The latest Trump scheme to suppress immigration is to give immigrants a Sophie’s choice—two equally onerous options: either forgo all government benefits or forgo the option of becoming a citizen.
Immigrants must meet many qualifications before they can obtain permanent residency and citizenship. Part of the process is the requirement to undergo what is called the “public charge assessment,” which evaluates, on a case-by-case basis, whether an individual applying for permanent residence is likely to become dependent on the government for public assistance. If an applicant is categorized as a potential “public charge,” immigration services can reject their green card application. The “public charge assessment” has been part of federal immigration law for decades, but up to now has always been narrowly defined. The proposed rule, however, would make the assessment consider many more federal programs than in the past, including, for the first time, health and nutrition programs.
Critics rightly point out that this proposed new regulation will discourage poor people, including virtually all refugees, from crossing the border, and encourage many to return to their country of origin. Critics assume that the regulation won’t affect the wealthy, who don’t need benefits. But that ends up being a miniscule number of immigrants, as most people in all countries are poor or middle class. Much of the middle class in the United States has to take government benefits like subsidized healthcare, disaster relief or unemployment compensation from time to time, so we can imagine that many if not most immigrants will fear having the same experience and therefore face the dilemma of deciding between the security of citizenship or the pressing needs of food, shelter, healthcare, education and disaster relief.
The new regulation will thus negatively affect virtually all immigrants from all countries. To view it as another example of the rich getting special treatment while the poor suffer is to miss the broader problem: that it will lead to far fewer immigrants, which will be disastrous to the American economy. We are already facing labor shortages, which are expected to grow as more baby boomers retire. Caregiving, agricultural, hospitality and construction are just a few of the industries already crying out for new employees.
A heap of current research proves that immigrants—legal and illegal—increase the rate of employment of native-born Americans and also increase the average wages of the native-born. Immigrants also pose less of a crime threat than native-born Americans, since both legal and illegal immigrants commit fewer crimes overall and fewer violent crimes.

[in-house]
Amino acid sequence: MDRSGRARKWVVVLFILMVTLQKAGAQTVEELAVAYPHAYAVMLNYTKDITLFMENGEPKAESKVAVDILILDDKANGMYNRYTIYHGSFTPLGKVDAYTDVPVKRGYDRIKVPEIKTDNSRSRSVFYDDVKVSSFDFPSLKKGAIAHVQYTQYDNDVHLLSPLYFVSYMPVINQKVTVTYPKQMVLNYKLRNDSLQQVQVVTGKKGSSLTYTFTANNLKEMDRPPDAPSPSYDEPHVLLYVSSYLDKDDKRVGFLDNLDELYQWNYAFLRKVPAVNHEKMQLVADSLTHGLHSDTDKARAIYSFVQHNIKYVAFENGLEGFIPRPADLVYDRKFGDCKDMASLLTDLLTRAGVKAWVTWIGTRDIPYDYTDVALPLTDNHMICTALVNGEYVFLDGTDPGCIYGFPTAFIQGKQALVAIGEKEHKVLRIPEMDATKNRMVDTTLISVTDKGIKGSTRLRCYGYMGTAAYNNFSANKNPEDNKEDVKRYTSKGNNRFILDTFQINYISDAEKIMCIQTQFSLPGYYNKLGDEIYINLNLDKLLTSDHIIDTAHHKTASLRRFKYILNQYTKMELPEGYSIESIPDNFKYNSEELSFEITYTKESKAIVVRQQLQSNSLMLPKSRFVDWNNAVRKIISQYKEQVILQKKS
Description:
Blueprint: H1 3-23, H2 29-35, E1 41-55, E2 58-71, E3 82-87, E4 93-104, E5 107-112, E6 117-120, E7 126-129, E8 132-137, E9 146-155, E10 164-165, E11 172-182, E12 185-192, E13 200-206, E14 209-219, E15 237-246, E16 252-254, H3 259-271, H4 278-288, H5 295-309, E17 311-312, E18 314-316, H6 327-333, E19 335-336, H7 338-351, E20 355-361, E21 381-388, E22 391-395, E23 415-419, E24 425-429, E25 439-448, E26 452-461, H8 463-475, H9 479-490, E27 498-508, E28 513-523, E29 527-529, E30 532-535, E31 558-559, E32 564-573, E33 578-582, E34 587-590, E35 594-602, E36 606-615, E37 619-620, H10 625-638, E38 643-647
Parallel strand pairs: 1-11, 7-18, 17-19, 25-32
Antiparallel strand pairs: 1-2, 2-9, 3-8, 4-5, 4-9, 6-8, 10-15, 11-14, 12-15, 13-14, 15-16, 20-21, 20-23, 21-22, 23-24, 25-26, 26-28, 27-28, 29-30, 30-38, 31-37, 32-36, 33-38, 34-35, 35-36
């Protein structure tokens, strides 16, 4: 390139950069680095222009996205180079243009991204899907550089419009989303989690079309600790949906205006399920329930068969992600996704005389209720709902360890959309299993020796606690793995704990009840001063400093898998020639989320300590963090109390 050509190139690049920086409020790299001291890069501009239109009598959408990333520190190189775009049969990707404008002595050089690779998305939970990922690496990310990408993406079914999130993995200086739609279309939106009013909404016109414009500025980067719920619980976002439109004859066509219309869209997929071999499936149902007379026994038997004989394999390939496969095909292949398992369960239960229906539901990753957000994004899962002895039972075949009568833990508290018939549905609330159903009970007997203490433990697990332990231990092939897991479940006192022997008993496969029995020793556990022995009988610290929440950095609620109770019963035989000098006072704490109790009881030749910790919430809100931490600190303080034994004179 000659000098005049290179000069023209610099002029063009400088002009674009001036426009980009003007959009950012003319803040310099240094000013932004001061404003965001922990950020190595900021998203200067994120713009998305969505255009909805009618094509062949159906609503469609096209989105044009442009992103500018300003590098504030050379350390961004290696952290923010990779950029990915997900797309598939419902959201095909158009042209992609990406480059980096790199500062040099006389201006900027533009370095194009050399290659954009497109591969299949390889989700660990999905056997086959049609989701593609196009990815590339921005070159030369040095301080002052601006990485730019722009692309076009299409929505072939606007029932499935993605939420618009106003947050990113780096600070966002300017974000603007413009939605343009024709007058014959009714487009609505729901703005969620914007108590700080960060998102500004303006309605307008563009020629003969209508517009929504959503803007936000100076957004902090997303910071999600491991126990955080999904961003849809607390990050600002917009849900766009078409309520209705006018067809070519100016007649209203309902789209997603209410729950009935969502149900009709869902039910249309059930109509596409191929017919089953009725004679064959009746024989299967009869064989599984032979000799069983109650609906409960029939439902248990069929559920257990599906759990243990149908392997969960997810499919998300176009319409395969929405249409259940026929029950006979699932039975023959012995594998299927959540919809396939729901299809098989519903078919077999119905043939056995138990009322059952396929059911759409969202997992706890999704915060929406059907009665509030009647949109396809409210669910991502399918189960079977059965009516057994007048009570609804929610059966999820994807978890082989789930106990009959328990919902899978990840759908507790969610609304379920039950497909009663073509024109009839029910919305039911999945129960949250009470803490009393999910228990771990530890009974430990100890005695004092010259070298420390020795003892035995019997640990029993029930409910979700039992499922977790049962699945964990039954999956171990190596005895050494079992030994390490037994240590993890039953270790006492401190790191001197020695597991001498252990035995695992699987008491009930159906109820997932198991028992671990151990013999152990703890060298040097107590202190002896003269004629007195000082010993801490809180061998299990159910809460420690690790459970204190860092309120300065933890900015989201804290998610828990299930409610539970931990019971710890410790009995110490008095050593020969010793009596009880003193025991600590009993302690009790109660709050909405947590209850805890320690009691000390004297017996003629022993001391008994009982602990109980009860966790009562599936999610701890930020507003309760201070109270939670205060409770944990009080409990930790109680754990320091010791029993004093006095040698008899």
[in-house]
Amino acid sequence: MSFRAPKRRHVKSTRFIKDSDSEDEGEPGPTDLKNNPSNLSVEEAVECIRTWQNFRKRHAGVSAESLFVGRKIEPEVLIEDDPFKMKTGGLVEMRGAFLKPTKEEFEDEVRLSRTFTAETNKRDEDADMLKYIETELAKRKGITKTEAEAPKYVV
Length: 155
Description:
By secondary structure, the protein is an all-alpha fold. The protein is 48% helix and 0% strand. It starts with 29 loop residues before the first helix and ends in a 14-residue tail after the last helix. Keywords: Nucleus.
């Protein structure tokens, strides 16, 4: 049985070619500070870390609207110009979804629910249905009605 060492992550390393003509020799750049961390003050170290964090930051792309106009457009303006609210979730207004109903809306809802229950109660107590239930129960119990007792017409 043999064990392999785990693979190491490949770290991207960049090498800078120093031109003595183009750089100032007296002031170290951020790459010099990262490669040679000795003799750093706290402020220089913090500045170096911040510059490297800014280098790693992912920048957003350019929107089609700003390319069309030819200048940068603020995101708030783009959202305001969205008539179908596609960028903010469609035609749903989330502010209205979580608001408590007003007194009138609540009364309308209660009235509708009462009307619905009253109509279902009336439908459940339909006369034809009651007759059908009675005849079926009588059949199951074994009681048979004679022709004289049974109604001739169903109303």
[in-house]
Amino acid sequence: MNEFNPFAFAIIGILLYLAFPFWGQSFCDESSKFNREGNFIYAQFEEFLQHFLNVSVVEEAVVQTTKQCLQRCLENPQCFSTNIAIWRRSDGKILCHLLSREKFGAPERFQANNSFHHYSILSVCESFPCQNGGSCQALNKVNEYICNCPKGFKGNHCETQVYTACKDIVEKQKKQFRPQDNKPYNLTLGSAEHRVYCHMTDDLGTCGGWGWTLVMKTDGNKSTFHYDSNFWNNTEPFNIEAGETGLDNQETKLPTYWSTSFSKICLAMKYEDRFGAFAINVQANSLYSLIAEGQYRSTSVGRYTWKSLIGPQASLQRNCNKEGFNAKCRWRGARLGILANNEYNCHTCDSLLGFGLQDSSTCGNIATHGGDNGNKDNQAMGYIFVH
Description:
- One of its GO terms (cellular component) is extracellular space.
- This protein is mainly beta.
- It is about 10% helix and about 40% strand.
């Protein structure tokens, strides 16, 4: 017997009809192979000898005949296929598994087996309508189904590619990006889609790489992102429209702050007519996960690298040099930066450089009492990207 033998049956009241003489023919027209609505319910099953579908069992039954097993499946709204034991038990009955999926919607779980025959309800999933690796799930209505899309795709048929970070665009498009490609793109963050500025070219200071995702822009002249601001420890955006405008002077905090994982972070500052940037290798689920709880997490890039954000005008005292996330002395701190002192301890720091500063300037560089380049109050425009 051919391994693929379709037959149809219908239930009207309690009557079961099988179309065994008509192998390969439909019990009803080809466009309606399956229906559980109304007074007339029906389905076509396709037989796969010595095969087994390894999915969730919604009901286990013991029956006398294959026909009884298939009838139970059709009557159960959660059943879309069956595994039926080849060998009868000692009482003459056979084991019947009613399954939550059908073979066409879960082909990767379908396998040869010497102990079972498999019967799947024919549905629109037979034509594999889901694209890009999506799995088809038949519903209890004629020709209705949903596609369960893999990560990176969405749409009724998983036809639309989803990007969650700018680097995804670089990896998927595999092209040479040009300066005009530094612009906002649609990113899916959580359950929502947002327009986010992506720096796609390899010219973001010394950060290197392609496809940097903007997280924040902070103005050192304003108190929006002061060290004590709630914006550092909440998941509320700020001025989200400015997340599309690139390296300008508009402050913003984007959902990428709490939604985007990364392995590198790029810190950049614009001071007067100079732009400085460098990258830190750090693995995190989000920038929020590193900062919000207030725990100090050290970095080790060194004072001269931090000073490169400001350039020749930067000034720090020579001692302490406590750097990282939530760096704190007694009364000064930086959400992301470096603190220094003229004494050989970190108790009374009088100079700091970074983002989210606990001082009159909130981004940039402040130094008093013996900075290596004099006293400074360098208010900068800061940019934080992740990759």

In other words, if we stem the flow of immigrants, as the Trump administration intends to do, we shrink the economy and the average wage while increasing the crime rate.
There is still something we can do to prevent this awful new regulation from taking effect. We are in the middle of the comment period on the regulation, a time when anyone—corporations, think tanks and individuals—can publicly comment. By law, the administration must take those comments into account when creating the final rules.
The easiest way to comment is to follow the instructions on a special web page set up by the Friends Committee on National Legislation (FCNL), the lobbying arm of the Quakers. Now FCNL is framing the issue primarily as one of rich and poor, and they are absolutely right that the rich will end up having a much easier time to citizenship under this nasty reg. But don’t let that cloud the main point. This regulation will lead to far fewer immigrants at all economic levels, from all countries, which goes against the best interests of every American.
You can also go to a special web page that the pro-immigration nonprofit organization, the Protecting Immigrant Families Campaign, for an easy way to make your comment on the regulation.
The deadline to make comments is October 21, so don’t tarry. Link to FCNL or Protecting Immigrant Families today, follow the instructions, and tell the Trump administration you oppose the reg.